Posts Tagged ‘newt’

Wildlife and Wildflowers at Parish Lake

The vast amounts of great sundew (Drosera anglica and hybrid D. x obovata) turn the bog west of the lake bright red.

The vast amounts of great sundew (Drosera anglica and hybrid D. x obovata) turn the bog west of the lake bright red. There is plenty of round-leaved sundew (D. rotundifolia) as well, but it is much shorter and less conspicuous.

On Saturday, July 2, I made the long drive up to Parish Lake to prehike it for a short trip I’m leading for the NPSO Annual Meeting. It was a really beautiful day, and it wasn’t spoiled by any mosquitoes. At around 3400′, it is actually somewhat late in the season here, and a lot of the flowers were finished. But there were still some things in bloom—notably the sundews, which are always the highlight of a trip to this cool bog. The wildlife and signs of their presence also made the trip worthwhile. Read the rest of this entry »

Exploring near Patterson Mountain

After all my exploring, I didn't have much time left for Patterson, so I only went as far as the Lone Wolf Shelter meadow, where there were dozens of reblooming alpine laurel (Kalmia microphylla) flowers.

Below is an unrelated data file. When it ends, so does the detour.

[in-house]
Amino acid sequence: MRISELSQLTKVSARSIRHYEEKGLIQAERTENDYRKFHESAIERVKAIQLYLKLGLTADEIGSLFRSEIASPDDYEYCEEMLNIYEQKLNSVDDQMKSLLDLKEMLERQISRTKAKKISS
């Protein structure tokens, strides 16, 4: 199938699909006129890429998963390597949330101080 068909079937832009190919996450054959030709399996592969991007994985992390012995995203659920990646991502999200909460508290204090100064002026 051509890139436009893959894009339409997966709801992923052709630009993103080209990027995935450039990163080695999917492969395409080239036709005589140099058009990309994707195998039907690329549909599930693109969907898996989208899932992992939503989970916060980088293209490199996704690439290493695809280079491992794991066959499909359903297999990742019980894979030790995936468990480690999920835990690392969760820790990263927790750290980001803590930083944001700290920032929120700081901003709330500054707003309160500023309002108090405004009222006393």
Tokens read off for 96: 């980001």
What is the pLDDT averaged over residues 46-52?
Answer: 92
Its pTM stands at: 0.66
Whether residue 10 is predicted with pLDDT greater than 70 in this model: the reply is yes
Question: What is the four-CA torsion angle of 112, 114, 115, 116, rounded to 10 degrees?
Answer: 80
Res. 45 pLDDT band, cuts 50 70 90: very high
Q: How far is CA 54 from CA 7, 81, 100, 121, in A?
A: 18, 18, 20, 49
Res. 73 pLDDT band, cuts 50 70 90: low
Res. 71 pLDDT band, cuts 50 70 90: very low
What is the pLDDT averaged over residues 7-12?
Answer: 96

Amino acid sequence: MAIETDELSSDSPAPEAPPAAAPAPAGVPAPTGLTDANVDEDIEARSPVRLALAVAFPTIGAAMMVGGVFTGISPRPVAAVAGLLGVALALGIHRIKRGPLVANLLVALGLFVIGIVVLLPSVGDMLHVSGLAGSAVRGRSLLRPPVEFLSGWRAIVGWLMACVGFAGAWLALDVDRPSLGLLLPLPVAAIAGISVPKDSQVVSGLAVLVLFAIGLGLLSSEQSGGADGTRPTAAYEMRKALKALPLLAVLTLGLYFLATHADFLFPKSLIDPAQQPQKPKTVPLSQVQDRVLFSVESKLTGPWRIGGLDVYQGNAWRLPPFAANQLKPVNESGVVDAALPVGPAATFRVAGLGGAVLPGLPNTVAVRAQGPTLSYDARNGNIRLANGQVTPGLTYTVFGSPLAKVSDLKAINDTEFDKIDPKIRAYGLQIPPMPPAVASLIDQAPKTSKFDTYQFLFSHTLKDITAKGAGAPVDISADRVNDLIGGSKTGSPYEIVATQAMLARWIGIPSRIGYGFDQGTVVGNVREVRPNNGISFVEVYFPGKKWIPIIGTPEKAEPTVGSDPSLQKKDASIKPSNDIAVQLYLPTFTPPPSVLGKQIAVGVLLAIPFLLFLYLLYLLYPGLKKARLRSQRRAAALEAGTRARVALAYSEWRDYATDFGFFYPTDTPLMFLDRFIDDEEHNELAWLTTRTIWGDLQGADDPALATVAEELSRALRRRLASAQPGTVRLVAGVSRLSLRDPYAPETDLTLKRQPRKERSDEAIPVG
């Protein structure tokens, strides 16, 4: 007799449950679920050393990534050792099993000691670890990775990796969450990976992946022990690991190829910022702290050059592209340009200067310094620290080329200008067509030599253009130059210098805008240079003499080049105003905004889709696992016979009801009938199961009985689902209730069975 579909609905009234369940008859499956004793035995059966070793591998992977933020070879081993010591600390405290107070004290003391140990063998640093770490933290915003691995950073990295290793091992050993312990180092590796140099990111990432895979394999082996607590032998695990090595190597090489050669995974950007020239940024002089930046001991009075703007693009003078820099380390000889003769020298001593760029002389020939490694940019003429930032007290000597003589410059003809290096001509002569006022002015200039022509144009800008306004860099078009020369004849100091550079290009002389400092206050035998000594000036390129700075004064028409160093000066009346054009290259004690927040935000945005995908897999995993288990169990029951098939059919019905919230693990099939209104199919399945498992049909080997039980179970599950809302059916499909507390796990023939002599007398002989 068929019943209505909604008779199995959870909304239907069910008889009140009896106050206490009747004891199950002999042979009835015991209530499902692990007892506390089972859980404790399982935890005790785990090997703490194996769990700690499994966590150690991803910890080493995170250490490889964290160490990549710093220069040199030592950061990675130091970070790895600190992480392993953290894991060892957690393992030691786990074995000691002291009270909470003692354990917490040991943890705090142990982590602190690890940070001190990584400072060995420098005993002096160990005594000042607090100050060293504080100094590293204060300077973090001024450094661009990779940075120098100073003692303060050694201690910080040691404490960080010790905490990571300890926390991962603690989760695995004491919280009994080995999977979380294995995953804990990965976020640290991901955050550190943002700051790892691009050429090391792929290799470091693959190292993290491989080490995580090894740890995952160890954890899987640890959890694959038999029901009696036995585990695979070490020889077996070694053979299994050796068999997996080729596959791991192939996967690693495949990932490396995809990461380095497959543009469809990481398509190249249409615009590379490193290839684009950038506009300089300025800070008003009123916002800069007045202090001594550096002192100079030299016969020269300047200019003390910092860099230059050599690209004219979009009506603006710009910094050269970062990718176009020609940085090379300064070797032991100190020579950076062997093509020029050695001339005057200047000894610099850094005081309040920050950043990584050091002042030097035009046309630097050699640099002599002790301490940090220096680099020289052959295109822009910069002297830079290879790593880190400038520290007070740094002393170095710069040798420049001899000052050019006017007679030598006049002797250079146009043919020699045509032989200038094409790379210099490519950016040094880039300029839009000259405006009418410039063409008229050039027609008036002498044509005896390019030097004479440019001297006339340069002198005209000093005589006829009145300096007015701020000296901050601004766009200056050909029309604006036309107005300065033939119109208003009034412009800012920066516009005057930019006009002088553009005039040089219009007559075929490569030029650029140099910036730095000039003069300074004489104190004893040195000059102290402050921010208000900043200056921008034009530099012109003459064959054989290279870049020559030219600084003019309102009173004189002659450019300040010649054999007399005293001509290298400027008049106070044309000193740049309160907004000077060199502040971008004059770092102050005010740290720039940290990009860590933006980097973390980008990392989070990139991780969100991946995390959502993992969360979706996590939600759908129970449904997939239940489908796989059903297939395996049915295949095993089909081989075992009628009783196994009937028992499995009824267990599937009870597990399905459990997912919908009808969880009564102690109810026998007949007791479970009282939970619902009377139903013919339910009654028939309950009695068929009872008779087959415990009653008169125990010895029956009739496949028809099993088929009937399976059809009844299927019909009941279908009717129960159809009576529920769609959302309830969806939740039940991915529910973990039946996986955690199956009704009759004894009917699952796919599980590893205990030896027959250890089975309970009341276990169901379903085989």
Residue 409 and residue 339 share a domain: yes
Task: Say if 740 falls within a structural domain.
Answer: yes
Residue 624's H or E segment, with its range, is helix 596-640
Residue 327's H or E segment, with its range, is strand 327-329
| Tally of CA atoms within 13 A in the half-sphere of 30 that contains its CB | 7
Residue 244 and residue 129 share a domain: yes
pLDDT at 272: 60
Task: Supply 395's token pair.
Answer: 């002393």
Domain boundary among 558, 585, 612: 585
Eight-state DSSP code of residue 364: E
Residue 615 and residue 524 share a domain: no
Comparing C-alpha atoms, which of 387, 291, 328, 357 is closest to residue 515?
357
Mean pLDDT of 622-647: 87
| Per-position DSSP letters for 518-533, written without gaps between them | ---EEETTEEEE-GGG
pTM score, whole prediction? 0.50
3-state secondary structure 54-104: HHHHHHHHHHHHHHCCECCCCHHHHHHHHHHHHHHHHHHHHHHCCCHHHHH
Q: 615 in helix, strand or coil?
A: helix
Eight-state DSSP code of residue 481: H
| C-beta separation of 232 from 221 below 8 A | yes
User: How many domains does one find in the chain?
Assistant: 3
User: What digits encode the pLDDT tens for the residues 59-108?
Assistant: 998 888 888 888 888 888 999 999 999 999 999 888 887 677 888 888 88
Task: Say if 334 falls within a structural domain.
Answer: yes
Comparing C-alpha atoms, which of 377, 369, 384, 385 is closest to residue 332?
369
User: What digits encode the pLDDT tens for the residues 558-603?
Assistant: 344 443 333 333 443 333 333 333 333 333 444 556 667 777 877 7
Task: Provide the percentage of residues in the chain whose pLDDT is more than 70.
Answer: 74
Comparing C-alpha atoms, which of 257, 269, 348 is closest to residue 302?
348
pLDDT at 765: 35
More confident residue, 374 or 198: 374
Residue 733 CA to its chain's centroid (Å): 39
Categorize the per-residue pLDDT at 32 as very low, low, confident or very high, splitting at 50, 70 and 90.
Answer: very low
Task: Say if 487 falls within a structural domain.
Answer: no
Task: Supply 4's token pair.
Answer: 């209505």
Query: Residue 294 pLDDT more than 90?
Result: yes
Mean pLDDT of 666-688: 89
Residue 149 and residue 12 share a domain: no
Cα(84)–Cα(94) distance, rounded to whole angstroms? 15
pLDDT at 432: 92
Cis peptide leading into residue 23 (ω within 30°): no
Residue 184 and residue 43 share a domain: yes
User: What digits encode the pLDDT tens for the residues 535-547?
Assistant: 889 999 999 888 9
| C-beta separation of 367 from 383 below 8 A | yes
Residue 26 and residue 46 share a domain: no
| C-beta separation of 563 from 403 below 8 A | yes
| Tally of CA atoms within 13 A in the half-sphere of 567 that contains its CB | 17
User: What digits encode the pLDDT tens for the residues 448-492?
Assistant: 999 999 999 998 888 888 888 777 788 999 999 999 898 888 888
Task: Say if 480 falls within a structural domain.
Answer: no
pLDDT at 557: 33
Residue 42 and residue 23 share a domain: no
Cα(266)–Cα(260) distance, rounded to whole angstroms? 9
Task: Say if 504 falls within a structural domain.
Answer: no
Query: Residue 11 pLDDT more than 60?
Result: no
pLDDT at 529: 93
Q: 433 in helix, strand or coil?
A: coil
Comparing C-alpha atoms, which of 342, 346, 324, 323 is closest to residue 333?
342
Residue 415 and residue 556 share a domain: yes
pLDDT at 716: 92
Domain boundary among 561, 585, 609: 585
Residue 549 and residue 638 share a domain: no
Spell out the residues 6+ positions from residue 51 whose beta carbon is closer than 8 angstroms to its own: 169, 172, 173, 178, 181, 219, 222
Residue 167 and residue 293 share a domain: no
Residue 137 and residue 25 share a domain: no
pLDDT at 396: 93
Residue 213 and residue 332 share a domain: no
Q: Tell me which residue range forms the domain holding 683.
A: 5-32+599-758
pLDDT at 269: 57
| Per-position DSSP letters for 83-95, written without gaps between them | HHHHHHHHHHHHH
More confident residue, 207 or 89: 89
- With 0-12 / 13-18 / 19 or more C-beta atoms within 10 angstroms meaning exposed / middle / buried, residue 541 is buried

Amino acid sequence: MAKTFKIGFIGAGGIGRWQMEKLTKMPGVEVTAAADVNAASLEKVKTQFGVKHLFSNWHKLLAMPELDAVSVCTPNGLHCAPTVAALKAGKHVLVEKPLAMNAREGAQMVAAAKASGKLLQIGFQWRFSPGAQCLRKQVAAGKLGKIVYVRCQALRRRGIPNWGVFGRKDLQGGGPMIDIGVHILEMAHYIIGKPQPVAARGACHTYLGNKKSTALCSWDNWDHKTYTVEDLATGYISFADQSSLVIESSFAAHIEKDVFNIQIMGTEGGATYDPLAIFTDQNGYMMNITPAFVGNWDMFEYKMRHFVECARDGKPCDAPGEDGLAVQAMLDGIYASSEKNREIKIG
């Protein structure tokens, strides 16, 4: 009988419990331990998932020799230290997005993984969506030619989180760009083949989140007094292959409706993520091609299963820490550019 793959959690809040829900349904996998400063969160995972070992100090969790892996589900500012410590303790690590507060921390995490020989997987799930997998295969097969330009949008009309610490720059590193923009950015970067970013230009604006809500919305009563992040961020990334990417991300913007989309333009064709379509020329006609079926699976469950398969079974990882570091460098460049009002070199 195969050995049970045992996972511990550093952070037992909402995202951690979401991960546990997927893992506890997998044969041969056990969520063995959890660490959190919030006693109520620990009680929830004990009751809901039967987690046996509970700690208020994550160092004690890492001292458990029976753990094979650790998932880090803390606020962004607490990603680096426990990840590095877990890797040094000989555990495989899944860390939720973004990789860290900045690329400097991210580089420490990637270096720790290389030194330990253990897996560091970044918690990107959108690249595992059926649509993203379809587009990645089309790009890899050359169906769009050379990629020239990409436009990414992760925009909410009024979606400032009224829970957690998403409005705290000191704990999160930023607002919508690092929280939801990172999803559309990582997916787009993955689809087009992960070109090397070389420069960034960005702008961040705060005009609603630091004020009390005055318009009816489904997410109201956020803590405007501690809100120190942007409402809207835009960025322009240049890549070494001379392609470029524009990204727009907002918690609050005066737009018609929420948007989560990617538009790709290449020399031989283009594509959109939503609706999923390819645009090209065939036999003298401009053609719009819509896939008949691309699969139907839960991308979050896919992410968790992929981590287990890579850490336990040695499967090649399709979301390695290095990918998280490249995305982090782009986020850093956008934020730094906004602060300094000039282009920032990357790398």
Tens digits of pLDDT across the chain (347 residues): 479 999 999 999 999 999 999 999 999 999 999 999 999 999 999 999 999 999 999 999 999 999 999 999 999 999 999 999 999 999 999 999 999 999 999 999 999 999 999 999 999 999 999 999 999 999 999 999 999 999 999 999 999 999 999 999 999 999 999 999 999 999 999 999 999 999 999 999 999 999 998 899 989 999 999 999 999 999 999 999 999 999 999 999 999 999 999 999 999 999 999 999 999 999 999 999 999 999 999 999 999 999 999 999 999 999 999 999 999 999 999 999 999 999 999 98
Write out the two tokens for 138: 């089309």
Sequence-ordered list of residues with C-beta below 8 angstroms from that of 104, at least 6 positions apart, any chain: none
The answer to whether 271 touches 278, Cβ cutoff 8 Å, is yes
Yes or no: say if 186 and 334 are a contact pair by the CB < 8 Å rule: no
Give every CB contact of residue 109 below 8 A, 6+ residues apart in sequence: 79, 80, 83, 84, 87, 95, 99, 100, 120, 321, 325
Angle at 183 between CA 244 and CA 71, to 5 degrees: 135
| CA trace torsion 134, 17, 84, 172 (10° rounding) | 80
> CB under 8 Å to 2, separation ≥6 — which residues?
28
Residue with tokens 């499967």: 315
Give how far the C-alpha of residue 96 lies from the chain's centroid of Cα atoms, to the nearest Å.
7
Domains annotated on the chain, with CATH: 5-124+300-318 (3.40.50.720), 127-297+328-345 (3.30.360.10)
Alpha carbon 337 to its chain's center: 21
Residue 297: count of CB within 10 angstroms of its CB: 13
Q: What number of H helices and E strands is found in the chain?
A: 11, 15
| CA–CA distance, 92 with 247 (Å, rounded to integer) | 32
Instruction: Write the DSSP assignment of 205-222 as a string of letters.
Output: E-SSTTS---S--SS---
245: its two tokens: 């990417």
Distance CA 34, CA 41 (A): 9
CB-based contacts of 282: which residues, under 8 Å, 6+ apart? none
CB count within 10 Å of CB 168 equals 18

After all my exploring, I didn’t have much time left for Patterson, so I only went as far as the Lone Wolf Shelter meadow, where there were dozens of reblooming alpine laurel (Kalmia microphylla) flowers.

With so few flowers left to see, in late summer and fall I shift my focus over to exploring new sites. Earlier this summer when I was contemplating a trip to Patterson Mountain, I looked at the area on Google Earth and noticed an intriguing south-facing opening right by the road and a small wetland a bit farther east. Neither of these are visible from the road, and I’d never realized they were there. I didn’t manage to get up there at the time, but a couple of weeks ago (August 27), I set out to check these two sites out.

The first spot turned out to be even easier to access than I could have imagined. I parked at a wide spot along Road 1714 just a tenth of a mile past the old quarry. In only about 2 minutes, I popped out through the rhodendron-filled woods on the south side of the road into a steep, rocky meadow. I immediately spotted the almost white, dried leaves of silver lupine (Lupinus albifrons) as well as those of hotrock penstemon (Penstemon deustus)—this was certainly a promising sign! Although it’s not a very large meadow, I managed to spend a couple of hours taxing my brain trying to identify all the golden and dessicated remains of the now-ended blooming season. Read the rest of this entry »

Archives
Notification of New Posts